Last night my husband and I had the pleasure of attending the 2nd Annual GRACEful Hope Benefit for Ovarian Cancer Research at the Sport Clube Portugues in Newark, NJ. Over the past year or so I have followed and shared information on my Facebook page about GRACEful Hope events and was honored when they asked me to attend the Benefit and to tell my story.
Before I talk about the event let me give you some background into GRACEful Hope. The Rocha family lost their wife and mother Grace to ovarian cancer in 2008, while their daughter Erika fought her battle with the same disease. They formed GRACEful Hope in memory of Grace and in support of Erika in 2009 with family and friends coming together to enter walks as a team. In 2011, Erika passed away at the age of 20. But the family did not stop their efforts, no they continue to raise awareness and funds for research they hope will one day lead to a cure.
I have been to many ovarian cancer events from teas to walks to galas. And I have told my story many times in different venues, on TV, in a room full of women, at a walk and press conference, but last night was different. As we entered the Sport Clube I felt welcomed, at home and part of a large extended family. The event included a large family meal complete with overflowing platters of Portuguese food. The food was absolutely delicious. There was music and dancing. It was a celebration of the lives of Erika and Grace and all that GRACEful hope had accomplished in the past year. And it was an expression of hope. Hope that the funds raised for the Cancer Institute of NJ would get us closer to finding a cure.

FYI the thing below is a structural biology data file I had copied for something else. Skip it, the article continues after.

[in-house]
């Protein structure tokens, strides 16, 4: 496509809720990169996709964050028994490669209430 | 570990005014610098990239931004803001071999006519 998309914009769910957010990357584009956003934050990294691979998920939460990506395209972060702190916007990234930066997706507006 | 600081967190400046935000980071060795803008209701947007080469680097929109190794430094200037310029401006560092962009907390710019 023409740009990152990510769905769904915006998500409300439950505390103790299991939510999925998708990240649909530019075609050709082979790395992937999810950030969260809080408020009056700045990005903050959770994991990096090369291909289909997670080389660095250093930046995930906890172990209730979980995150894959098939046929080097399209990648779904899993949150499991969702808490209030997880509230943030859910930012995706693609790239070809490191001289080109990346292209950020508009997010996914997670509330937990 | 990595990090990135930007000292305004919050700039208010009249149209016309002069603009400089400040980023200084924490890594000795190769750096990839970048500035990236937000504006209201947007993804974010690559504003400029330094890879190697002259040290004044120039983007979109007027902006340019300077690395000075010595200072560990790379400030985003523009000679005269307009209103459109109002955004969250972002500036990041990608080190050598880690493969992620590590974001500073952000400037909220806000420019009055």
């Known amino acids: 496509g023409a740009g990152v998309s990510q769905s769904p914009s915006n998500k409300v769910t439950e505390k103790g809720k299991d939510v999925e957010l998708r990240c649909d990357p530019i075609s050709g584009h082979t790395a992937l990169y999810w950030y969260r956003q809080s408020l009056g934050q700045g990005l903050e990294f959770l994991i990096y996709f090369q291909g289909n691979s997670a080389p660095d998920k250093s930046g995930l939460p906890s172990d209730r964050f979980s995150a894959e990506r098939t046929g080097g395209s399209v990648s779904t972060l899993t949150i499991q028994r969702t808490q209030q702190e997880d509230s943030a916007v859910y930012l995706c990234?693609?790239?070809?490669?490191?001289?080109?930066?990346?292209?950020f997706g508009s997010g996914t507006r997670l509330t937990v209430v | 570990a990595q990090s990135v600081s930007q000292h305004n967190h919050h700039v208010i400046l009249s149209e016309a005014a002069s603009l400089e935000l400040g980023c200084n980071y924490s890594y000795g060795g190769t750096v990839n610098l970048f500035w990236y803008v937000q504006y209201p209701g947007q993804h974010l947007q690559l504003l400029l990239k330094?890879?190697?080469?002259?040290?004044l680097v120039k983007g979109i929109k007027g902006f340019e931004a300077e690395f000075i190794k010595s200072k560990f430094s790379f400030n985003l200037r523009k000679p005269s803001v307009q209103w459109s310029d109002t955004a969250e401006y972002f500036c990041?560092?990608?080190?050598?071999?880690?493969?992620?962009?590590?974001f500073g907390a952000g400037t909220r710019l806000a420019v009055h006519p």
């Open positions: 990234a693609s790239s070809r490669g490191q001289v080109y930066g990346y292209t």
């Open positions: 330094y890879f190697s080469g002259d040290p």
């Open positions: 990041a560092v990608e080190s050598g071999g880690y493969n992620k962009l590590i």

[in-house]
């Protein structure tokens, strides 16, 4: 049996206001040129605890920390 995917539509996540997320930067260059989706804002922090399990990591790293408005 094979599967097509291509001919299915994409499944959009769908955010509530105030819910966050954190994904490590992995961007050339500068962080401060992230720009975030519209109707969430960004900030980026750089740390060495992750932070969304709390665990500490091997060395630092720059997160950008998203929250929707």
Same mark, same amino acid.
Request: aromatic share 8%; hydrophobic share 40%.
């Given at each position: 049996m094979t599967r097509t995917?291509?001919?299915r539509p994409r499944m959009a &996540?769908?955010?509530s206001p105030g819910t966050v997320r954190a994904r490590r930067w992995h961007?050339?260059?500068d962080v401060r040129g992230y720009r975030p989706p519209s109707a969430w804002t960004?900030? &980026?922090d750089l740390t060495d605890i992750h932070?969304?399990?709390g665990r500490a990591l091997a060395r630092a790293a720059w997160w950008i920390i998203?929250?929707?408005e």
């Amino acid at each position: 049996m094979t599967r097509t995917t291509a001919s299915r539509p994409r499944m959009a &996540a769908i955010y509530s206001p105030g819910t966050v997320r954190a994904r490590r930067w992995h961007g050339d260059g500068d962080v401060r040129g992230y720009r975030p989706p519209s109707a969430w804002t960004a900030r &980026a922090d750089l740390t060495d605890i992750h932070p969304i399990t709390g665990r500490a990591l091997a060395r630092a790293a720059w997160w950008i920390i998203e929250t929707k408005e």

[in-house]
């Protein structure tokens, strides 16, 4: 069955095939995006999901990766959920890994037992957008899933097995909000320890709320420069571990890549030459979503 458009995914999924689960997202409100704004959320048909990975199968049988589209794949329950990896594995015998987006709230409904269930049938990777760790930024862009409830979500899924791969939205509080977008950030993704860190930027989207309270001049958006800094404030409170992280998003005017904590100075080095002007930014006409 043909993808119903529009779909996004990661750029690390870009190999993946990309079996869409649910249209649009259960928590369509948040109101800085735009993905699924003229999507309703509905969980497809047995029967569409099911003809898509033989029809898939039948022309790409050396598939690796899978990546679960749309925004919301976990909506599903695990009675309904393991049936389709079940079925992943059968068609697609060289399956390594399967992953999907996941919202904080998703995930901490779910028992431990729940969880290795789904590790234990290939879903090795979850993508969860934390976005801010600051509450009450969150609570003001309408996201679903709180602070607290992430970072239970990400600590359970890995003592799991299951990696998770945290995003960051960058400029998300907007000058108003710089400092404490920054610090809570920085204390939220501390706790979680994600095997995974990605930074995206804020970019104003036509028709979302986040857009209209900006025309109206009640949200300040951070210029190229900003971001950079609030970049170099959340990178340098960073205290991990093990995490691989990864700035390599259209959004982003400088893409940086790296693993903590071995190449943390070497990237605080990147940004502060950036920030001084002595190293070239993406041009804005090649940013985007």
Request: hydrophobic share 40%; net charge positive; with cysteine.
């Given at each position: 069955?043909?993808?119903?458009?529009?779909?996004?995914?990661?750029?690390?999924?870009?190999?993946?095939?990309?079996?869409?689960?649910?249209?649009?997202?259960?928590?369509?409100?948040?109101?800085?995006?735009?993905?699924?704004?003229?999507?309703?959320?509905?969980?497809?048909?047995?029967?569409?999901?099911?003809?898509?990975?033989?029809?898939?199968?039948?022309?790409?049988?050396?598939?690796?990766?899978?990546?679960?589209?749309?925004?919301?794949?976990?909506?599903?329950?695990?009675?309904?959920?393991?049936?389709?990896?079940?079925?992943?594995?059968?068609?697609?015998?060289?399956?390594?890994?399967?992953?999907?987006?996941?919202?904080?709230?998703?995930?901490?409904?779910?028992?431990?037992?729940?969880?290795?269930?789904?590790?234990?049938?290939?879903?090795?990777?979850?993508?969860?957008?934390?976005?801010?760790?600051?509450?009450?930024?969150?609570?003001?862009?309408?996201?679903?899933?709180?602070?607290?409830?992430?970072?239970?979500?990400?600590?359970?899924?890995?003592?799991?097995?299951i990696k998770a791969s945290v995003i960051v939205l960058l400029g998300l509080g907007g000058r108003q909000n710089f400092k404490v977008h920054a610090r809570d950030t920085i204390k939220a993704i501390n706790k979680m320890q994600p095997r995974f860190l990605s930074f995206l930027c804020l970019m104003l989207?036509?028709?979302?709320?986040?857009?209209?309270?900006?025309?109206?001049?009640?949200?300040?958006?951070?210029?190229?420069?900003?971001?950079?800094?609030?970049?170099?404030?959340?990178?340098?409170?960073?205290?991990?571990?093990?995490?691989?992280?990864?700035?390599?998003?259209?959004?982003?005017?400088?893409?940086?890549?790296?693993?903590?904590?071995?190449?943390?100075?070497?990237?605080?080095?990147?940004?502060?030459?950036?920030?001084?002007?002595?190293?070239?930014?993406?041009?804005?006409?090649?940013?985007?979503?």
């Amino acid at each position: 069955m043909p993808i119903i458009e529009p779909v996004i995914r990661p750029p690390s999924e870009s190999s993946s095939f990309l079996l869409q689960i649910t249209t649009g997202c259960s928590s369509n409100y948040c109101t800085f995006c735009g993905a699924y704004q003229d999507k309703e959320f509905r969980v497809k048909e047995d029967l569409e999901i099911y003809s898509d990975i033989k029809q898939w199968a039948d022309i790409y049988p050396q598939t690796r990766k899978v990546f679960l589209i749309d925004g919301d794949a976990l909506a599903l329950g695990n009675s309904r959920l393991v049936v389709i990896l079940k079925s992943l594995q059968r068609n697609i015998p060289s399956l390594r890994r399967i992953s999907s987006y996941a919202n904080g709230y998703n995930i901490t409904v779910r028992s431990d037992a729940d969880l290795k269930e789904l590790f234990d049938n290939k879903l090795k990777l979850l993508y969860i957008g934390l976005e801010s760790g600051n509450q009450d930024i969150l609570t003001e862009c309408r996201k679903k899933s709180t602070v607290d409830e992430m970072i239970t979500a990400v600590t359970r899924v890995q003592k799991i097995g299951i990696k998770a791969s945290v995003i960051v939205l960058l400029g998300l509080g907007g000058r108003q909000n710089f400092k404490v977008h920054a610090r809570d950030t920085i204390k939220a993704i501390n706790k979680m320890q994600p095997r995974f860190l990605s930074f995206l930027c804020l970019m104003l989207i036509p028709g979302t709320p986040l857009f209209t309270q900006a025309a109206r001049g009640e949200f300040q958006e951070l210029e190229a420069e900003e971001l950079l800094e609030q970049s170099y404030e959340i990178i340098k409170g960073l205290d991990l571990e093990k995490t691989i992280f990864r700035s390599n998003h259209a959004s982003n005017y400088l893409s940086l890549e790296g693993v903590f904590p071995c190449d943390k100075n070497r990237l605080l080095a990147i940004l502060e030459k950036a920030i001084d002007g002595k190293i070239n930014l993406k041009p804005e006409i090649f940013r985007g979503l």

I am always a bit nervous before giving a talk but I had practiced and I knew exactly what I wanted to say about my journey, being in a clinical trial at CINJ and the compassionate care Dr Rodriguez and Gibbon provide. So what happened next surprised me. As I talked about my clinical trial experience and the day I heard "There is no evidence of disease". The room cheered. And I had to pause and compose myself. I know my right hand which was holding the microphone was shaking but I continued talking about my recurrence. I talked about the surgery, treatment, the allergic reaction to carboplatin and how I heard "There is no evidence of disease" and the clapping began again. And I could feel my eyes starting to tear up. And I am sure my voice cracked as ended my speech with "I still have neuropathy in my toes, forget things because of chemo-brain , get anxious waiting for blood tests and scan results but the one thing I know for sure is that with my faith , my family and the doctors at CINJ I can face whatever lies ahead."
What an emotional experience for me. Maybe it was because it was the first time I was telling my story in front of my doctors ( who spoke right before me).Or maybe it was because my husband was in the room. Or I know it sounds corny maybe it was because people who I had never met before showed me so much love and gave me so much hope.
Every Day is a Blessing!